Unable to find a satisfying conclusion for his film, Berman’s narrative meanders on, despite an increasingly unresponsive Johnathan who shows no sign of dying anytime soon, having outlived his original prognosis by several years. We begin to get to know Berman himself, who, between sporadic calls and meetings with Johnathan, gives his audience insight into his own personal life where his subject fails to do so. He contemplates the morality of documentary making and of his own actions: perhaps Szeles is right to have a natural distrust of those who heard the news of his illness, flocked in their masses to document it and now circle like vultures to capture it on camera. Wandering from state to state, Berman ponders whether his emotional detachment surrounding death derives from his mother’s own passing. In an interview with My First Shoot Berman admits “I wasn’t okay with it, but it just didn’t hit me.” I spoke to Berman myself via Instagram and asked him whether he believed closure to be a cohesive motif of his film, to which he politely replied, “sounds like a good accurate theme to take from the doc”.
The remainder of the film is intercut with clips of several prominent figures in the entertainment industry reacting to the documentary: although the snippets of an incredulous “Weird Al” Yankovic and Eric Andre are humorous, I believe they distract the audience from the action rather than adding to it. However, Berman’s decision to pursue and interview the director of the third documentary (a man we are previously introduced to as Chad), who we find out is really “Mad Chad” – the chainsaw juggler turned part-time filmmaker, hilariously encapsulates the sheer lunacy of the entire movie.
By the end I’m not convinced we ever really meet Johnathan, we never even meet ‘The Amazing Johnathan’; instead, we must settle for a man who toys with the idea of both personas, but never fully delivers either of them. Despite being worn down by years of disease and drug use, this is someone who desperately wants to leave a legacy which isn’t a rotting billboard on an abandoned stretch of a Las Vegas highway, and in the final scene of the film he does so. In a a moment of tragicomedy, Szeles is told that award-winning producer Simon Chinn has, on request of Berman, unexpectedly lent his name to the film’s credits. Prior to this, Szeles was supposedly under the impression that Chinn was a part of his second documentary crew; whether he knowingly lies about this or not is another one of the magician’s mysteries. Having Chinn as the namesake executive producer of his own documentary almost becomes a symbol for Szeles’ own integrity. Thus, he takes it as a personal victory when Berman makes fiction into fact. So, Johnathan hums back into his mother’s 90th birthday party on his mobility scooter, parks it next to hers and proceeds to announce the news. Unsurprisingly, he fails to mention that the extent of Chinn’s involvement in the film is a short interview with Berman in which he was asked permission to use his name. Yet here, if only for a brief moment, Szeles cements his legacy in front of his friends and family. The lyrics “Something big is what I’m living for” fade in as the credits roll.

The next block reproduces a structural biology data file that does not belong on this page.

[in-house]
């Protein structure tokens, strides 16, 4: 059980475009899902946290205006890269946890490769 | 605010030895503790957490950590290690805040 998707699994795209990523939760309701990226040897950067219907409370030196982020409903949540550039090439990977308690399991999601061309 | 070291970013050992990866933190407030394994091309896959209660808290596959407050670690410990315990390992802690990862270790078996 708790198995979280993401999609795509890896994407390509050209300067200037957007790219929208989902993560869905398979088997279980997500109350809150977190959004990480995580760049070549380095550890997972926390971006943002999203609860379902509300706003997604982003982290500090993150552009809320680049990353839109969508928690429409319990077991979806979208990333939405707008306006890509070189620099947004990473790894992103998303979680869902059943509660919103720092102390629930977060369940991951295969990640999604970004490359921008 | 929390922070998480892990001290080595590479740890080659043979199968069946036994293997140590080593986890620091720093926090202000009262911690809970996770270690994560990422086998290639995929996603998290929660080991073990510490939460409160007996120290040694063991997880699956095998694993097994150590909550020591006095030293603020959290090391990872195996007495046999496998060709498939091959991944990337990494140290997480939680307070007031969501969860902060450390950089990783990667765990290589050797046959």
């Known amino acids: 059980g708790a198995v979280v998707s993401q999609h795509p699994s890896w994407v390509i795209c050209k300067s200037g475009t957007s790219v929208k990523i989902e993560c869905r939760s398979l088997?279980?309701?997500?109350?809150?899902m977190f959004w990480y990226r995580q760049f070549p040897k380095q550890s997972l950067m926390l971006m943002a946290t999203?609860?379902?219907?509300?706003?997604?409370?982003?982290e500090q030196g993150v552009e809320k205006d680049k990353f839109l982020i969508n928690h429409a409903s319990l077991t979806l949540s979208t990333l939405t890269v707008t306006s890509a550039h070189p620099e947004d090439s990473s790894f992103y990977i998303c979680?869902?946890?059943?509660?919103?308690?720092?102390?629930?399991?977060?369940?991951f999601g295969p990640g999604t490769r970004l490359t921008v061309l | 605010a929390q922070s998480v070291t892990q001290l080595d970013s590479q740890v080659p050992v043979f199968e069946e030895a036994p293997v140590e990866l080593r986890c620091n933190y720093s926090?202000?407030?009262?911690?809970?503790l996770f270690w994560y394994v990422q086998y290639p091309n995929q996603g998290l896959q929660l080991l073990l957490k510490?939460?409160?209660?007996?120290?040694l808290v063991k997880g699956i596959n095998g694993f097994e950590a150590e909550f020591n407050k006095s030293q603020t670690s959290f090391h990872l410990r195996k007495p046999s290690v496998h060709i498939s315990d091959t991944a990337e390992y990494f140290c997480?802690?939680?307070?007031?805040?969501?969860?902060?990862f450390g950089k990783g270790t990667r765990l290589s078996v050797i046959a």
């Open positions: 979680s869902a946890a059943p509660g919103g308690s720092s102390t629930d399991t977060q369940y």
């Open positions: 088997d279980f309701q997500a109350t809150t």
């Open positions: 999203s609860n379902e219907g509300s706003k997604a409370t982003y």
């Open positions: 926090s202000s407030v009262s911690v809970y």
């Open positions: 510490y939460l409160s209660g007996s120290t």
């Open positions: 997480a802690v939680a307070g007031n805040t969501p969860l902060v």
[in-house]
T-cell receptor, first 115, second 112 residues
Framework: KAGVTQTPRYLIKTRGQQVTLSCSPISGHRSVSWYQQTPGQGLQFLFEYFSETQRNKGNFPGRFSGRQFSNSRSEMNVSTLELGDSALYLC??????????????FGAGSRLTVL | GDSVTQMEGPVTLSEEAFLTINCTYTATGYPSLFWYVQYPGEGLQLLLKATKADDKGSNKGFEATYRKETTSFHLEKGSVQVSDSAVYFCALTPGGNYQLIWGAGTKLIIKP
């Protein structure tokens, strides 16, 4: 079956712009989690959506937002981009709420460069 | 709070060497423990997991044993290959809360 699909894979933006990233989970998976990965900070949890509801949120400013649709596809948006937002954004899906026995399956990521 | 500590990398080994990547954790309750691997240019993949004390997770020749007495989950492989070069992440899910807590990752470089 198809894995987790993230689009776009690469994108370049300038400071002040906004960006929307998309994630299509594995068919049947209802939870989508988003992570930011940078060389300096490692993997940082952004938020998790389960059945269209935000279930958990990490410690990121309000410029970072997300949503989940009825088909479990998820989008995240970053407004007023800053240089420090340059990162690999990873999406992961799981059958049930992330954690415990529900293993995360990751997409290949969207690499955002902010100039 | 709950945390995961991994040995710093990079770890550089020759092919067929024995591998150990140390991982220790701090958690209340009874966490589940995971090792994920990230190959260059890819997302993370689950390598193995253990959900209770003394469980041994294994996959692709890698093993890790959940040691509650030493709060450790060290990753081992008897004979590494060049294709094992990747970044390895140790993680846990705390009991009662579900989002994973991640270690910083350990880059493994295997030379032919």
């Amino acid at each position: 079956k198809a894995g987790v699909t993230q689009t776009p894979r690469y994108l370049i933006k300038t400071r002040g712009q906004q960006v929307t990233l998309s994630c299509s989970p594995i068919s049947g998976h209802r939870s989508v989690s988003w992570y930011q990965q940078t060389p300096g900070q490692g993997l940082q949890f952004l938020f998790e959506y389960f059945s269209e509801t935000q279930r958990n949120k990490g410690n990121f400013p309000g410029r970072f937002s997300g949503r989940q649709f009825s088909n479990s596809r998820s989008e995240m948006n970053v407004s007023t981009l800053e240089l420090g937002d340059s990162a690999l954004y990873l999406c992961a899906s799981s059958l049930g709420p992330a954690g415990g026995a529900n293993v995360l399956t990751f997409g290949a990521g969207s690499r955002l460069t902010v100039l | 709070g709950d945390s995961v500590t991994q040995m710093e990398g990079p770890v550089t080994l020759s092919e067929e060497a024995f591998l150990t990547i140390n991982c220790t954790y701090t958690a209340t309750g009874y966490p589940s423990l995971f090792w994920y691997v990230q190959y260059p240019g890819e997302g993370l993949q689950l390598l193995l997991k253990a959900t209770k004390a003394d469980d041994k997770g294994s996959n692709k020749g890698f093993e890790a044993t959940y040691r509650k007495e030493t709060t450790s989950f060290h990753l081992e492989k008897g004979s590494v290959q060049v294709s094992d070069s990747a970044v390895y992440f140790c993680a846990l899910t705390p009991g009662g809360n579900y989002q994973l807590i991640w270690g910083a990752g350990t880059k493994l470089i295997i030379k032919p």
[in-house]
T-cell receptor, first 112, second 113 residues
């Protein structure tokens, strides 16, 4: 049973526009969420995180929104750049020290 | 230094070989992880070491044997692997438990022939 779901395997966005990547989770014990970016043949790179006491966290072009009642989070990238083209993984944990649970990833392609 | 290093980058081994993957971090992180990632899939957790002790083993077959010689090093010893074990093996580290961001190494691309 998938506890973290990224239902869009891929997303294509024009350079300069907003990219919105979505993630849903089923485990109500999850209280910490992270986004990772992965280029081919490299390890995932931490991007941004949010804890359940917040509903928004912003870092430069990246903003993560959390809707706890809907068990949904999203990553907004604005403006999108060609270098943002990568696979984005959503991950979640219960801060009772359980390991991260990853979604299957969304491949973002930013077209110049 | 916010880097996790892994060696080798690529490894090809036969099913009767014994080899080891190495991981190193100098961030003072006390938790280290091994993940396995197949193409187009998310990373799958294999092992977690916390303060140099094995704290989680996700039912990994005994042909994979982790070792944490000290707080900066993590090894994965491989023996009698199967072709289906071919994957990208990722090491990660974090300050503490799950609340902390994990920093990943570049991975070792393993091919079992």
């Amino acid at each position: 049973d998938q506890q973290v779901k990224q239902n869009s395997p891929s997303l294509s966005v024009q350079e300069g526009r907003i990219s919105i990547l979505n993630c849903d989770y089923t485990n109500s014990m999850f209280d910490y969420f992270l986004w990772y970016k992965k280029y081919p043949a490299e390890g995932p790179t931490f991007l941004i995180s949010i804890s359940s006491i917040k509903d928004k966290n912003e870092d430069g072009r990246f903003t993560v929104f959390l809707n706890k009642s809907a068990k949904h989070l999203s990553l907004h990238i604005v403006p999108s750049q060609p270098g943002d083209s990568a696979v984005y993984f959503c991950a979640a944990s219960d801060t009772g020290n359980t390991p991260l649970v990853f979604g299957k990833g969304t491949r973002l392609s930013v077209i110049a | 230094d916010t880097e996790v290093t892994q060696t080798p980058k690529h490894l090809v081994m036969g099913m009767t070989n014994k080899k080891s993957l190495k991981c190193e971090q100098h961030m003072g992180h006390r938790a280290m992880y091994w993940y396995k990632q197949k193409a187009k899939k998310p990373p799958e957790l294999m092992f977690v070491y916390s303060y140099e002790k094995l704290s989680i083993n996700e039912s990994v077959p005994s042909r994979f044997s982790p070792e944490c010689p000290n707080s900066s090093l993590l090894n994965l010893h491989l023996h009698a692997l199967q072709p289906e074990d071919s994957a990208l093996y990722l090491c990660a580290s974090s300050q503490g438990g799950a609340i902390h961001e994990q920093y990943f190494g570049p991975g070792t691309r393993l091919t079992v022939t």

Ultimately, ‘The Amazing Johnathan Documentary’ flourishes more as a film about the ethics of documentary-making than as a biography of a man in the twilight of his career, and possibly his life. It generates more questions than it answers and while several critics are left frustrated as a result of this, it spurs me to ask these questions of my own life. Aren’t we all chasing the nostalgic haze of our ‘Amazing Johnathan’ years?
Press tickets for ‘The Amazing Johnathan Documentary’ were provided by The Bertha DocHouse in Bloomsbury. Find their current listings here: https://dochouse.org/cinema/screenings/
Featured image source: imdb.com